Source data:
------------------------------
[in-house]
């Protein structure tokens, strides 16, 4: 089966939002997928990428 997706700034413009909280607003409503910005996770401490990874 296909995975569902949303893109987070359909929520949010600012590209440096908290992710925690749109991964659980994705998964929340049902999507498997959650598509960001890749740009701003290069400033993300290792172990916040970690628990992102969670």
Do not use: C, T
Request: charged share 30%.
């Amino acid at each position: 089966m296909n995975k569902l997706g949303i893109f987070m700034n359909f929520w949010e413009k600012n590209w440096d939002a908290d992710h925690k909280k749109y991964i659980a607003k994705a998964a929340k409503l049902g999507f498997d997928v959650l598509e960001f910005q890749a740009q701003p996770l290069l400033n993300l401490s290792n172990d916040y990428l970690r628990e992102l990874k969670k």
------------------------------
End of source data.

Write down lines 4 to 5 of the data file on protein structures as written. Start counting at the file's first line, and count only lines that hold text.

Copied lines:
Request: charged share 30%.
């Amino acid at each position: 089966m296909n995975k569902l997706g949303i893109f987070m700034n359909f929520w949010e413009k600012n590209w440096d939002a908290d992710h925690k909280k749109y991964i659980a607003k994705a998964a929340k409503l049902g999507f498997d997928v959650l598509e960001f910005q890749a740009q701003p996770l290069l400033n993300l401490s290792n172990d916040y990428l970690r628990e992102l990874k969670k």